Ed Sector Has Seen Greatest Increase in Remote Access
It’s no surprise that remote access boomed in spring 2020, when as many people as possible were told to do their work from home. A recent analysis by Duo Security, a Cisco division that produces multi-factor authentication technology, has found that education saw the largest increase in average daily authentications from remote technology, up 78 percent over the period between March 2020 and June 2020 compared to the period between June 2019 and February 2020. The primary method of authentication in ed was two-factor authentication (48 percent), followed by reliance on “remembered device” functionality (34 percent), in which a specific device is deemed trustworthy after the first authentication.
For the study, the Duo data science team looked at data across its customer base in multiple countries, covering 26 million devices, 500,000 different applications and about 700 million monthly authentications. The results were shared in Duo’s “Trusted Access Report.”
According to the analysis, the two-factor authentication used in ed requires a user to log in with a username and password and then tap “approve” when a push notification arrives on their phones immediately afterwards to securely access their applications.
The same study found that different industries relied on different device-based policies to determine whether or not to block authentications. In education, the share of blocks imposed each month based on invalid devices was higher than any other industry. Other reasons for blocking devices from network access included attempted access in a restricted location or out-of-date security profiles (found most often in the technology segment); lack of a screen lock (found in financial services); anonymous IP address; lack of disk encryption; denied network; or version, platform or software restrictions.
In the education sector, 47 percent of K-12 users and 44.5 percent of higher education users were working on devices that were out-of-date, meaning they haven’t uploaded the latest version of the operating system. Overall, across all industries, including education, Apple iOS devices were 3.5 times more likely than Google Android devices to be updated with the latest patch or OS.
Among the results across all industries, the analysis found that biometrics usage — Apple Touch ID or Face ID and Android fingerprint scanning — is “booming.” In the United States more than four in five users have biometrics enabled and the sheer number of devices that accommodates biometrics has grown by 64 percent.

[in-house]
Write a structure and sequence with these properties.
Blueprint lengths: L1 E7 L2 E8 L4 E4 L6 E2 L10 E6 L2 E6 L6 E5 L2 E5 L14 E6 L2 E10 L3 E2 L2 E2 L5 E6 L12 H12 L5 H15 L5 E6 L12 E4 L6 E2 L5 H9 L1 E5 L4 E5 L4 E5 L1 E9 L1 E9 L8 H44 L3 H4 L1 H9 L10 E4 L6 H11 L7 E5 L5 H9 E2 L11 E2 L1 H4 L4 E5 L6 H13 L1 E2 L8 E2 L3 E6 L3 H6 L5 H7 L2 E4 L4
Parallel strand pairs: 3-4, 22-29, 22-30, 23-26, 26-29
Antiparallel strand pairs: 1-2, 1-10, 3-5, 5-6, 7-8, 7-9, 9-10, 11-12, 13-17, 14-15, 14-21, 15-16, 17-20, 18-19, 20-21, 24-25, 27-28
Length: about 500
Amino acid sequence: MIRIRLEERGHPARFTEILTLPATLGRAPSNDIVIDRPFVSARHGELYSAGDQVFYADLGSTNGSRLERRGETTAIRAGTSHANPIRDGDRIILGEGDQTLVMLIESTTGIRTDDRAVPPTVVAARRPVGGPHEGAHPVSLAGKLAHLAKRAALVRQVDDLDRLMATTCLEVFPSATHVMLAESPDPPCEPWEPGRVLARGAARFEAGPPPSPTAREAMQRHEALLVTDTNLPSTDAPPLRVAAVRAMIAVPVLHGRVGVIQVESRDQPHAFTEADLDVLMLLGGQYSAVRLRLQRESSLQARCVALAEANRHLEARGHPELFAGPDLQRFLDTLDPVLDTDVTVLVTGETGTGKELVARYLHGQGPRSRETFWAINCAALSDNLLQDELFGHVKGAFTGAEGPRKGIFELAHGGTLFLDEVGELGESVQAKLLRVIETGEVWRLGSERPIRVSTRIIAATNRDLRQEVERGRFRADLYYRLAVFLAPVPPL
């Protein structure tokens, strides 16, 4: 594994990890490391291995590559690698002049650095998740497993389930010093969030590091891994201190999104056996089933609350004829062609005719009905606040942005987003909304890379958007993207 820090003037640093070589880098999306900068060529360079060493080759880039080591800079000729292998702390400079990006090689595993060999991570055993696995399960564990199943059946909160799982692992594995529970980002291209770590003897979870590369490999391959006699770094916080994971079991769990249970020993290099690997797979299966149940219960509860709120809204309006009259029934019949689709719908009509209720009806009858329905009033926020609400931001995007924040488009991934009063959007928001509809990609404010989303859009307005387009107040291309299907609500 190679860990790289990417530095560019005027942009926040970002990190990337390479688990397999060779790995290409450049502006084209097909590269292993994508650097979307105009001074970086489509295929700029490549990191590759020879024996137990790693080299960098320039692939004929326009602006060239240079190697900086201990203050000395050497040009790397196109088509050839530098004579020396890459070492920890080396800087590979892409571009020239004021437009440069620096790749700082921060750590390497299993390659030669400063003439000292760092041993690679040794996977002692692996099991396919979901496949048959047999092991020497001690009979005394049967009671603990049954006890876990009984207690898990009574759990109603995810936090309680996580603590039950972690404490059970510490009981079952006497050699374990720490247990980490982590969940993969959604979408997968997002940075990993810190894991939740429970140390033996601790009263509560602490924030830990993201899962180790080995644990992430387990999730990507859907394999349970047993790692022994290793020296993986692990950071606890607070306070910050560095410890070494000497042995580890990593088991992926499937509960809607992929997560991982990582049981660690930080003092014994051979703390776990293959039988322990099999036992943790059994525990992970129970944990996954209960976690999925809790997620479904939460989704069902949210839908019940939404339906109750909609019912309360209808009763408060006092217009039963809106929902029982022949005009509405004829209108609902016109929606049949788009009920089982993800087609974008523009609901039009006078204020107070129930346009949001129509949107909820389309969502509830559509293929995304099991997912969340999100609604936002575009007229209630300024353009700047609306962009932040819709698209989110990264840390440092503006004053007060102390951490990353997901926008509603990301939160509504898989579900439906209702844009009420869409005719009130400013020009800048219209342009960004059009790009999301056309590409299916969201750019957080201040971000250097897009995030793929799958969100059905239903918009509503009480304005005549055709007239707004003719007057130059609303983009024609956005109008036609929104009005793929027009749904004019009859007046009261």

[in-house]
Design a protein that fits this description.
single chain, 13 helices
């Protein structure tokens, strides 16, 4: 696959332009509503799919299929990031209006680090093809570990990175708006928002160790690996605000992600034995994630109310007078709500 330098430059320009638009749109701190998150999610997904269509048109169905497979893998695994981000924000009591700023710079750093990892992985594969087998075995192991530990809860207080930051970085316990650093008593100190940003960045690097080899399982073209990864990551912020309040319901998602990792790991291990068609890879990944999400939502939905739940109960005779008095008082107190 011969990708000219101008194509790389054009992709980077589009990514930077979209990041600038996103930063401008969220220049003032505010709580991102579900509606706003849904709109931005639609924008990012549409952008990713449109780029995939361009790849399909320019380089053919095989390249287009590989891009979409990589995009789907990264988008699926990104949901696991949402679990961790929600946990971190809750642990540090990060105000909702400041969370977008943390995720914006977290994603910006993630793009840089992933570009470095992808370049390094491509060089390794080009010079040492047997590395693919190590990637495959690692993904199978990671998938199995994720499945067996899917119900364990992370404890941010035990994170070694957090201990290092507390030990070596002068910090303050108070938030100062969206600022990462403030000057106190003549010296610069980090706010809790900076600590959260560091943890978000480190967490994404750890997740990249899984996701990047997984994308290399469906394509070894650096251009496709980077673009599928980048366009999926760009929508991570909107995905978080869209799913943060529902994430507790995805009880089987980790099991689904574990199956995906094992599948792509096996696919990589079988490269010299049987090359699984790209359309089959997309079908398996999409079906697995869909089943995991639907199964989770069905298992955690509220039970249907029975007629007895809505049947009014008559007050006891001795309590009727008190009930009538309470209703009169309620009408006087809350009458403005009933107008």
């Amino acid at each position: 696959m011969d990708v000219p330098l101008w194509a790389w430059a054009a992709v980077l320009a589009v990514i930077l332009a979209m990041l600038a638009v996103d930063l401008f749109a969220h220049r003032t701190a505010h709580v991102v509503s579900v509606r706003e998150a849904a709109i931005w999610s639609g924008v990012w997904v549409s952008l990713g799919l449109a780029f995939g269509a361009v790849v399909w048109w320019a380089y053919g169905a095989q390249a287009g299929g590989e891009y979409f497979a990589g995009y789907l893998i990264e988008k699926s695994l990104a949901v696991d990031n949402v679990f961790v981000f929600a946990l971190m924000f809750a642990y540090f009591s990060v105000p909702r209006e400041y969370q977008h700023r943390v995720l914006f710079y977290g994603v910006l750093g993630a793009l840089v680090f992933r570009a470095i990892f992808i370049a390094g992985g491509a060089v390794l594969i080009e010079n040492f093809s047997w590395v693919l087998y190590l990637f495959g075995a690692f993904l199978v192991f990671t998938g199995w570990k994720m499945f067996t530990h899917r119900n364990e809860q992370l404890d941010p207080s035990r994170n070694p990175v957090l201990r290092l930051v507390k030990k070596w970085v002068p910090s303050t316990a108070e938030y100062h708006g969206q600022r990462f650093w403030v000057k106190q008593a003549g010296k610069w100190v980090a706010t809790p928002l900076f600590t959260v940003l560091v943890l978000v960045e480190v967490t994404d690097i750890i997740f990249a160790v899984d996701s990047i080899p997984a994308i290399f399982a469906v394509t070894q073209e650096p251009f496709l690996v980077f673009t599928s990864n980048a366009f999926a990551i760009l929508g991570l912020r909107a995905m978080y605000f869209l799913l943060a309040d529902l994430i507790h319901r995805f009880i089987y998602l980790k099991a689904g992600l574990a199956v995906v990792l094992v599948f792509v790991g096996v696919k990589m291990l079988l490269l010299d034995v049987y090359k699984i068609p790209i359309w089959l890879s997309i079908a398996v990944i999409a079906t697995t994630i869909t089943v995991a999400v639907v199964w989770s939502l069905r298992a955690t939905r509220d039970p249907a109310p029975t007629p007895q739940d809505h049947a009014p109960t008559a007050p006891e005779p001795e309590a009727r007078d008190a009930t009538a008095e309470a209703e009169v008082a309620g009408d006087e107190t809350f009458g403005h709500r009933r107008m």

Windows 7 is still out there, though it has dropped to its lowest level of usage yet, according to the report. A tenth of Windows devices still run the outdated OS, which Microsoft stopped supporting at the beginning of 2020. Healthcare seems to be the most receptive to Windows 7 usage; 30 percent of Windows devices in that sector are running the unsupported OS. The reason? Possibly, it’s tied to staying in compliance “with software terms and conditions of some third-party software companies, the rationale being that these software companies have not updated their code for a mission critical application,” the report said.
The use of SMS for identity confirmation is quickly going by the wayside. In 2016, the National Institute of Standards and Technology updated its guidelines, stating that SMS-based authentication methods were no longer secure, since the phone may not be in possession of the phone number and SMS messages can be intercepted before they’re delivered to the intended phone.
Russia, China, North Korea, Iran and Afghanistan are the countries most likely to be included in a list of “restricted locations,” preventing users from gaining access. As the report explained, “Those restricted locations are seen as hotbeds for insecure activity or areas from where cyberattacks most often originate.”
The “Trusted Access Report” is available with registration on the Cisco Duo website.